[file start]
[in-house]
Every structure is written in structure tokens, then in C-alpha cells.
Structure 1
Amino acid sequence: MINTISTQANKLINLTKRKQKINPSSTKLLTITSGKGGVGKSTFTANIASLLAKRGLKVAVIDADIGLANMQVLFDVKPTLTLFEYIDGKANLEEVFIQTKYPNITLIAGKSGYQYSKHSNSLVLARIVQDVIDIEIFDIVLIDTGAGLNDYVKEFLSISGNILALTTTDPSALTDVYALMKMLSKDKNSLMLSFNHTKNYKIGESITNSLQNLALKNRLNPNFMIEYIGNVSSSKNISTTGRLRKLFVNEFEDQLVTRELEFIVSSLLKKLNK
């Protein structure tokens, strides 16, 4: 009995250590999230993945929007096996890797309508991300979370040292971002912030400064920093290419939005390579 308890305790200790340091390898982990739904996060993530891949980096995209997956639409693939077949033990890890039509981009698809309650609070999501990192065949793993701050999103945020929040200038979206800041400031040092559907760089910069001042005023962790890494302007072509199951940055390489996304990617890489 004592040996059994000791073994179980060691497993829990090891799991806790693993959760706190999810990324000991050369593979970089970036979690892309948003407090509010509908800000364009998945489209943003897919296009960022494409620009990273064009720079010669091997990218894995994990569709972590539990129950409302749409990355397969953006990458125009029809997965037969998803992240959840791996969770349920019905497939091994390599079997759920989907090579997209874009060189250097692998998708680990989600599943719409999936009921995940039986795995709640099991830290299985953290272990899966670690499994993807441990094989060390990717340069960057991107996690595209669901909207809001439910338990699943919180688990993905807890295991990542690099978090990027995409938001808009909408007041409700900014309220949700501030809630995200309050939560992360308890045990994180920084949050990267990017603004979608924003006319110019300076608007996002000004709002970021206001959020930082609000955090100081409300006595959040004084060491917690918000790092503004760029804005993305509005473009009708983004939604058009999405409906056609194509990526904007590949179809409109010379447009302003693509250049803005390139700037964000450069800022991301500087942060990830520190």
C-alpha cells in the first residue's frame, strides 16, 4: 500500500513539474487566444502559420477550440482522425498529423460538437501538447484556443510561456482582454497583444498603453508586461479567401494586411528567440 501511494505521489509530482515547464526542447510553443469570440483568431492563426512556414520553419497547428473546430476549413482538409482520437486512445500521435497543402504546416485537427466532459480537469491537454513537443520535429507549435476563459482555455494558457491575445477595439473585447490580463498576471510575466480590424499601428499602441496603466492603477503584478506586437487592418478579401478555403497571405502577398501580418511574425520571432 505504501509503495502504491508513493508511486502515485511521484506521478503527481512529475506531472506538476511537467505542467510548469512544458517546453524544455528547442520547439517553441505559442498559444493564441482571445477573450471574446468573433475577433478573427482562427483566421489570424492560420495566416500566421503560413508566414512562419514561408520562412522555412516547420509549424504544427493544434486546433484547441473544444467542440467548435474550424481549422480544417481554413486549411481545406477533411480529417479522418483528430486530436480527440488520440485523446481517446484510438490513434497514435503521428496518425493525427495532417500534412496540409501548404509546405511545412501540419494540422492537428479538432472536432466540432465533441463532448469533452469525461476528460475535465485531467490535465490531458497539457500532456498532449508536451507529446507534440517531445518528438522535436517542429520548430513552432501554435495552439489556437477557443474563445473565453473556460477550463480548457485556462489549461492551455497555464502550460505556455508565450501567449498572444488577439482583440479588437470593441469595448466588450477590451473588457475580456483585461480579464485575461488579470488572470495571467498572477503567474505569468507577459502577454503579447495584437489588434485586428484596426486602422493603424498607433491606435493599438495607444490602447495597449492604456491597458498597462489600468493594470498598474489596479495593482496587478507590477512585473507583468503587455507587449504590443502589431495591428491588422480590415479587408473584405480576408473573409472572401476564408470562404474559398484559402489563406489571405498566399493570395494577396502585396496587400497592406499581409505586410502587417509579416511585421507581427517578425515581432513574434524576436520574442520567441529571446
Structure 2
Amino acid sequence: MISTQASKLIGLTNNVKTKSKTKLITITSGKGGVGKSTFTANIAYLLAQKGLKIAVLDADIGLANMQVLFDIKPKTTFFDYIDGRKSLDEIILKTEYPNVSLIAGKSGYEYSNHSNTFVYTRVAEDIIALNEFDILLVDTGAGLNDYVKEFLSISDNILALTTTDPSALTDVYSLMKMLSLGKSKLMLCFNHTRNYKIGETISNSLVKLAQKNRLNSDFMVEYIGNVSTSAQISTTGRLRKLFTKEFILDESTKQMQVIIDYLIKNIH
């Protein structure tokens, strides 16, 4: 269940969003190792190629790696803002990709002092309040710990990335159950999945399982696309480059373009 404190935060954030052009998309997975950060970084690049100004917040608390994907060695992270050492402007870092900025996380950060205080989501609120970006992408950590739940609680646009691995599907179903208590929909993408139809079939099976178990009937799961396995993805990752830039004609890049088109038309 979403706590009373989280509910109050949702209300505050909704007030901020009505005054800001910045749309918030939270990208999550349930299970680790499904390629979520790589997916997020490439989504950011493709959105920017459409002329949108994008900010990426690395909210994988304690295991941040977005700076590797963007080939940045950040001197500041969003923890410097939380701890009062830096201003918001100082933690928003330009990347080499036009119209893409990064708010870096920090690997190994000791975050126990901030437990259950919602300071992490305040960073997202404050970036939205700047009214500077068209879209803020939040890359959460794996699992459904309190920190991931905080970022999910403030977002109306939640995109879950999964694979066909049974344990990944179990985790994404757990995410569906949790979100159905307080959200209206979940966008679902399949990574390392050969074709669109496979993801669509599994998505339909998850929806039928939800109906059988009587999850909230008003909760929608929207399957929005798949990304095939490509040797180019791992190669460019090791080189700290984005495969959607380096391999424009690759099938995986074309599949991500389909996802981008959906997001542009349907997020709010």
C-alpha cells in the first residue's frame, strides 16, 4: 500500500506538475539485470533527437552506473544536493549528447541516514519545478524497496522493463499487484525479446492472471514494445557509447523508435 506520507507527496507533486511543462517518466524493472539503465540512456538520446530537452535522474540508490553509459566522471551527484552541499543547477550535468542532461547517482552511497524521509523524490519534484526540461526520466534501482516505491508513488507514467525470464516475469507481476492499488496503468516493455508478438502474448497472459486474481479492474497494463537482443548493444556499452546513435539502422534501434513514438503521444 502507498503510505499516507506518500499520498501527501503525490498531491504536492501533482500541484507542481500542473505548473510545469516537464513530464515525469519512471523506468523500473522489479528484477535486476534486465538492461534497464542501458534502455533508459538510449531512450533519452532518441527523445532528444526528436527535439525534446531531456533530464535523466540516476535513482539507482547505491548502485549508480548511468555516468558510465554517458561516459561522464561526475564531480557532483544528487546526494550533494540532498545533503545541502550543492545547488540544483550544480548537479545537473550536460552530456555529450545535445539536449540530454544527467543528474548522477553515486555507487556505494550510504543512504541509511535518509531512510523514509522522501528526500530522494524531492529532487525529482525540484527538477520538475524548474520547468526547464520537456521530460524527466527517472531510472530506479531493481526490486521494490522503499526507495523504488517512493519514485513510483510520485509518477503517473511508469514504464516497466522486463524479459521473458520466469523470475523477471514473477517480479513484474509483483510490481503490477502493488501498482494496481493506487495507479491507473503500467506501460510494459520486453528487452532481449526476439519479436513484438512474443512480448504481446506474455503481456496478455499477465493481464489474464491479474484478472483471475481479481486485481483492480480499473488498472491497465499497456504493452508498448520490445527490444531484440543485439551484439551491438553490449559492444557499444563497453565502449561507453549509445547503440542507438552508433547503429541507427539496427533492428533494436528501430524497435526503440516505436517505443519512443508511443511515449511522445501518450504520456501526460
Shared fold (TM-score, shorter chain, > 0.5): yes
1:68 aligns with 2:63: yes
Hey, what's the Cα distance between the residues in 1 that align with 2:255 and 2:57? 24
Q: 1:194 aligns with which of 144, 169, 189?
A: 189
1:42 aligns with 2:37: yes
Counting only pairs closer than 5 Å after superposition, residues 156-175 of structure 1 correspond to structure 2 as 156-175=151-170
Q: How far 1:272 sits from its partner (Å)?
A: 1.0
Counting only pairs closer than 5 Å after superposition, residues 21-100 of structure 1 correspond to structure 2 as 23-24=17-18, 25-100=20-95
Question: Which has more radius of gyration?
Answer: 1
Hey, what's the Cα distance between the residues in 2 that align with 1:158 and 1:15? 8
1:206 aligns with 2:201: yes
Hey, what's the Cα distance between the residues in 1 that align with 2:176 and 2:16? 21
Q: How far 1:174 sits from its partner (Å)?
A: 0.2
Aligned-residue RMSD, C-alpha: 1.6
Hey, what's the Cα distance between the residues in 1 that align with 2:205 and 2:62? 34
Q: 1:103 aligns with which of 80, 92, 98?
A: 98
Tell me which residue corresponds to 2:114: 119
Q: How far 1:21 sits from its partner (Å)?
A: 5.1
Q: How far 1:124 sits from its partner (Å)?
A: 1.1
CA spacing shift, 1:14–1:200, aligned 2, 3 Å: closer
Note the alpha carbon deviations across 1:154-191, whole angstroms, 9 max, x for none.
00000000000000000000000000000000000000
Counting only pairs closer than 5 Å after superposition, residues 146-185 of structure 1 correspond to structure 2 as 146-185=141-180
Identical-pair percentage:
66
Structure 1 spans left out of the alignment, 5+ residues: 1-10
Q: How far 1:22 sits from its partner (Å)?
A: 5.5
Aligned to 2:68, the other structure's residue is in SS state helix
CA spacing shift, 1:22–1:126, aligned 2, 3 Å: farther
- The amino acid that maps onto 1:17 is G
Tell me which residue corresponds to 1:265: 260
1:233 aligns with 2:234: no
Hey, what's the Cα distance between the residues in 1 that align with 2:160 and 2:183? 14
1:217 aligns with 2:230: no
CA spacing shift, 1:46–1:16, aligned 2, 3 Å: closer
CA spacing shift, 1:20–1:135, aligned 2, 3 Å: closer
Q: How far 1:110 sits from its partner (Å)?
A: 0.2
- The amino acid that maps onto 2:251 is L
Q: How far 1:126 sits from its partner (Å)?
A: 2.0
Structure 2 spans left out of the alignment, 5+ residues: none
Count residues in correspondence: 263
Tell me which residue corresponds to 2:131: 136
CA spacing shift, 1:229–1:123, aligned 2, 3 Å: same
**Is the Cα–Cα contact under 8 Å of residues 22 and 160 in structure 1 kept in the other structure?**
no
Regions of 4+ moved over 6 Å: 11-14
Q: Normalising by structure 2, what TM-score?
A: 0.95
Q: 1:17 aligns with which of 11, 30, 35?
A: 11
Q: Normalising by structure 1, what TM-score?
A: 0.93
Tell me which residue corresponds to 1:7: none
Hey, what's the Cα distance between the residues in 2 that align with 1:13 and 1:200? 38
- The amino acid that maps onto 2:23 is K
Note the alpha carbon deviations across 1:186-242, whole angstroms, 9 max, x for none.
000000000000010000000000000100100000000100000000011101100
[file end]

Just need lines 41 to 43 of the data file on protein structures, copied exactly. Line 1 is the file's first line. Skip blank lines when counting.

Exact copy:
Identical-pair percentage:
66
Structure 1 spans left out of the alignment, 5+ residues: 1-10